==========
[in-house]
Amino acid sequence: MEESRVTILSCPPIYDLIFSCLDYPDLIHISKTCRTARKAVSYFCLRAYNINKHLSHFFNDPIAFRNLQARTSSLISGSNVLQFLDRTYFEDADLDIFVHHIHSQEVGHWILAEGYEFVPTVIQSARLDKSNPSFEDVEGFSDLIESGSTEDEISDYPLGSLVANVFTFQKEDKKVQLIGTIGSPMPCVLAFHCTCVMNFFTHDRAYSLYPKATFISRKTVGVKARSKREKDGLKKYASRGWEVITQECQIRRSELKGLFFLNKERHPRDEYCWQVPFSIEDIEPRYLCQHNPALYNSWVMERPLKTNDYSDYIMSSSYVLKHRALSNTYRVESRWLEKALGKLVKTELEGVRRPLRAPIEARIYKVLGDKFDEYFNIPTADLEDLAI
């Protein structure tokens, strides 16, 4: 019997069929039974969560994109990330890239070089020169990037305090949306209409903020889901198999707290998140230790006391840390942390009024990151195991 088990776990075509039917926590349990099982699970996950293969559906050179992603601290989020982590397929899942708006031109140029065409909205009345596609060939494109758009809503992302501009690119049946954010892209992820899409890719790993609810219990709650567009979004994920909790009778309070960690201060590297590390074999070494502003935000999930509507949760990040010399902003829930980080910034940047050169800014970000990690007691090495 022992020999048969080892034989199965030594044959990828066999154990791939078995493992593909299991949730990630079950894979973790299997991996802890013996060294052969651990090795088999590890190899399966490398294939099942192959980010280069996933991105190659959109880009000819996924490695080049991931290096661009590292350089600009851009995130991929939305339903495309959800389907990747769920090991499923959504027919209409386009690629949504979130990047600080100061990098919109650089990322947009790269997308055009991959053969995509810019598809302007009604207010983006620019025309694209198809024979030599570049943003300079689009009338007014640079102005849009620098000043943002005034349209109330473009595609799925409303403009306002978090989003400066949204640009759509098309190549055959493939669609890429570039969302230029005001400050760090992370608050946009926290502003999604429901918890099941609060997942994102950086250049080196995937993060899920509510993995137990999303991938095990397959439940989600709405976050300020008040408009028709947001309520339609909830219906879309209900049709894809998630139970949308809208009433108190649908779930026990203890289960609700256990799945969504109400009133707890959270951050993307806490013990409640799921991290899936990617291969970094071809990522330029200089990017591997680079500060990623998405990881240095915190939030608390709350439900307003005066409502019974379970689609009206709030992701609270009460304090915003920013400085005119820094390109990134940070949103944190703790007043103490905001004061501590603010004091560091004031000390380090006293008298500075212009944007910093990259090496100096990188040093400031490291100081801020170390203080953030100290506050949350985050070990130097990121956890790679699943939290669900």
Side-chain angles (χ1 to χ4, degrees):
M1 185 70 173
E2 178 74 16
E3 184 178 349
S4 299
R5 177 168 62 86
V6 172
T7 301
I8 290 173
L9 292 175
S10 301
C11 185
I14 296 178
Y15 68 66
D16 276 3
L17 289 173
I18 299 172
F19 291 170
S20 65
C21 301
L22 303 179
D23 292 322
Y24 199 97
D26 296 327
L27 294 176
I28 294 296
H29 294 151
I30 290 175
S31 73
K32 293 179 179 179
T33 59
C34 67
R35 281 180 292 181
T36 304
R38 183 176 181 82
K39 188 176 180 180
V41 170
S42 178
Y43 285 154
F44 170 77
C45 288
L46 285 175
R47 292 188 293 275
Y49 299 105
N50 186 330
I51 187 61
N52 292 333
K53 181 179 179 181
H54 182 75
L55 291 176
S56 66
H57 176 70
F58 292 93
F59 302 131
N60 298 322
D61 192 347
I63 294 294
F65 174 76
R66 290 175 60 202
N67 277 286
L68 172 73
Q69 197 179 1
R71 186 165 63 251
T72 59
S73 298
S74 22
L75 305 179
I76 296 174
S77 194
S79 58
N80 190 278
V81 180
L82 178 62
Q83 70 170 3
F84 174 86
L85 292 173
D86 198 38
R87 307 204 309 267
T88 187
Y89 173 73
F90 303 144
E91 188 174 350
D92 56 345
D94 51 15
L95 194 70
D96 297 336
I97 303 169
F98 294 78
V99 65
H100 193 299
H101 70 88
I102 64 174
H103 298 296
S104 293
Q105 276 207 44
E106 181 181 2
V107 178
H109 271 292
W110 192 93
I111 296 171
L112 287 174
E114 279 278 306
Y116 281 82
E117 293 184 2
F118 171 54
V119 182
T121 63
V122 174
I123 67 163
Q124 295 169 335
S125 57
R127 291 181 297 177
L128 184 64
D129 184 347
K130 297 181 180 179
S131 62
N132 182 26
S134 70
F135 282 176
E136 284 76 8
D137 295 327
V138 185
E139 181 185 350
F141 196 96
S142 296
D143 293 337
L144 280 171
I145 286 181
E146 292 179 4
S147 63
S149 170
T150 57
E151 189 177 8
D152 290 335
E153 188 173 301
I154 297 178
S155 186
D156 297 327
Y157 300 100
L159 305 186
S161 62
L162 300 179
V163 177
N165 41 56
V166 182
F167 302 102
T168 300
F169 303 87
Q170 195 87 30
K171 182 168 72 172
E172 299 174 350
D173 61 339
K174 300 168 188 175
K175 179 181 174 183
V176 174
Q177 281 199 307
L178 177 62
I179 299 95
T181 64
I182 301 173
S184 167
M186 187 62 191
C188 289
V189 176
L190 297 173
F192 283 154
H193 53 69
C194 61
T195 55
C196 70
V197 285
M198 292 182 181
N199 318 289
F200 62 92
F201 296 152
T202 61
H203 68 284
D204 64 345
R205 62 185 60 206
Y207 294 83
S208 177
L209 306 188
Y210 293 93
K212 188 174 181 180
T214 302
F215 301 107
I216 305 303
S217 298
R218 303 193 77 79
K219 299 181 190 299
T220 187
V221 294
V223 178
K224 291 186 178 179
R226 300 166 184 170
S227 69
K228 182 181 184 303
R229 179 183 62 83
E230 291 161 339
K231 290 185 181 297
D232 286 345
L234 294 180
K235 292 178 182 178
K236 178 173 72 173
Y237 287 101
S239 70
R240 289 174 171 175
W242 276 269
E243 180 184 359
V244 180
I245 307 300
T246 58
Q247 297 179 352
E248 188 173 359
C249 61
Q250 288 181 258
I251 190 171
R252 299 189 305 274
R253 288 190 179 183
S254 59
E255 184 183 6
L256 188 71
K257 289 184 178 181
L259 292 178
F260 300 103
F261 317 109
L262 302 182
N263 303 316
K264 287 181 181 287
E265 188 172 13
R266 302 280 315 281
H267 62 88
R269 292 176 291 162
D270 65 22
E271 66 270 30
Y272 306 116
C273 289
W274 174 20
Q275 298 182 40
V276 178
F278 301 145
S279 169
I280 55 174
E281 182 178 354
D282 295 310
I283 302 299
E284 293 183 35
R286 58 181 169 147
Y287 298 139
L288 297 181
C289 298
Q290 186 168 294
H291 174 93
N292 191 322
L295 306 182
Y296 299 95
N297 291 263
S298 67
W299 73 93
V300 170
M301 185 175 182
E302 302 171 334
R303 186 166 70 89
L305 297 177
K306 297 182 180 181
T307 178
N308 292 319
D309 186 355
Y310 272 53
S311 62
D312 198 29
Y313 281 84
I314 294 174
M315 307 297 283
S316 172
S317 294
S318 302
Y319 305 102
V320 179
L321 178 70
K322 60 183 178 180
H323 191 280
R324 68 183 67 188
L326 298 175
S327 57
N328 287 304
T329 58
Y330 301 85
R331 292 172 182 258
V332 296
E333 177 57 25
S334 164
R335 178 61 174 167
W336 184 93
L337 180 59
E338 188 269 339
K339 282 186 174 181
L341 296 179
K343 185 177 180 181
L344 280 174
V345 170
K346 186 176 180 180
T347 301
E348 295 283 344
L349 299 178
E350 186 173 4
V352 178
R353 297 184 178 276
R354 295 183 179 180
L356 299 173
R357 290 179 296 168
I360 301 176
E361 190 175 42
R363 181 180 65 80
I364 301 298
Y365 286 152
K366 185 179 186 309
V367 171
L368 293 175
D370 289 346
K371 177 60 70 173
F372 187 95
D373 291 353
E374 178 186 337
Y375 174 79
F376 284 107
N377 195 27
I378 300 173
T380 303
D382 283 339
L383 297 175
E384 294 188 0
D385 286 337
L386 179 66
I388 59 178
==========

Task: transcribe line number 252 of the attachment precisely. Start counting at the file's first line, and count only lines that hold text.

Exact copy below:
Y287 298 139